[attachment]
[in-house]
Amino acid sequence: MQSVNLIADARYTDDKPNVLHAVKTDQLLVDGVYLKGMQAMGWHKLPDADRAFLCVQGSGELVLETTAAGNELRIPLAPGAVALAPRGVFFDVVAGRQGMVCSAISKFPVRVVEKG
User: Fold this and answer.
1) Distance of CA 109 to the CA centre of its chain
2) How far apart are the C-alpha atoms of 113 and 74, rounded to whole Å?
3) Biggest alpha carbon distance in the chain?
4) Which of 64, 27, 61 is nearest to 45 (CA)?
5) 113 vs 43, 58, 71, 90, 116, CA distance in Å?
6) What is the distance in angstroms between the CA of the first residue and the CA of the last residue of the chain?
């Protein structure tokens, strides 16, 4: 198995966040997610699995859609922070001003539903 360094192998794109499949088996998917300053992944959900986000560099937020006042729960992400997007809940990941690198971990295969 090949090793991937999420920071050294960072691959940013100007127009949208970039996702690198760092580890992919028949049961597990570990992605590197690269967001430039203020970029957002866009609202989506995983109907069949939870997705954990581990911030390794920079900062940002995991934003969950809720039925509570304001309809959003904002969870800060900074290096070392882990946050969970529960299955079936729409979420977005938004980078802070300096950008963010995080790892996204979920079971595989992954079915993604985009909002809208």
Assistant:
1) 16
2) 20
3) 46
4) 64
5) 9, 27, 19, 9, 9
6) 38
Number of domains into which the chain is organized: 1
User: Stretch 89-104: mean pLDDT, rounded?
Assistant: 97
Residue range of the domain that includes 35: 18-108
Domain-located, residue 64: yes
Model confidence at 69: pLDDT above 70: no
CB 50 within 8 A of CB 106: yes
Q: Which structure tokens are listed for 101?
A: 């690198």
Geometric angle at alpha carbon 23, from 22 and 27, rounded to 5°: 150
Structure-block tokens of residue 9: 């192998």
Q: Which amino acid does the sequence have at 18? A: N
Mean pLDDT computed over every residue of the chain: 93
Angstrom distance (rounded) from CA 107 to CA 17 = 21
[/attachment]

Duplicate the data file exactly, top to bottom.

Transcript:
[in-house]
Amino acid sequence: MQSVNLIADARYTDDKPNVLHAVKTDQLLVDGVYLKGMQAMGWHKLPDADRAFLCVQGSGELVLETTAAGNELRIPLAPGAVALAPRGVFFDVVAGRQGMVCSAISKFPVRVVEKG
User: Fold this and answer.
1) Distance of CA 109 to the CA centre of its chain
2) How far apart are the C-alpha atoms of 113 and 74, rounded to whole Å?
3) Biggest alpha carbon distance in the chain?
4) Which of 64, 27, 61 is nearest to 45 (CA)?
5) 113 vs 43, 58, 71, 90, 116, CA distance in Å?
6) What is the distance in angstroms between the CA of the first residue and the CA of the last residue of the chain?
């Protein structure tokens, strides 16, 4: 198995966040997610699995859609922070001003539903 360094192998794109499949088996998917300053992944959900986000560099937020006042729960992400997007809940990941690198971990295969 090949090793991937999420920071050294960072691959940013100007127009949208970039996702690198760092580890992919028949049961597990570990992605590197690269967001430039203020970029957002866009609202989506995983109907069949939870997705954990581990911030390794920079900062940002995991934003969950809720039925509570304001309809959003904002969870800060900074290096070392882990946050969970529960299955079936729409979420977005938004980078802070300096950008963010995080790892996204979920079971595989992954079915993604985009909002809208």
Assistant:
1) 16
2) 20
3) 46
4) 64
5) 9, 27, 19, 9, 9
6) 38
Number of domains into which the chain is organized: 1
User: Stretch 89-104: mean pLDDT, rounded?
Assistant: 97
Residue range of the domain that includes 35: 18-108
Domain-located, residue 64: yes
Model confidence at 69: pLDDT above 70: no
CB 50 within 8 A of CB 106: yes
Q: Which structure tokens are listed for 101?
A: 């690198």
Geometric angle at alpha carbon 23, from 22 and 27, rounded to 5°: 150
Structure-block tokens of residue 9: 């192998």
Q: Which amino acid does the sequence have at 18? A: N
Mean pLDDT computed over every residue of the chain: 93
Angstrom distance (rounded) from CA 107 to CA 17 = 21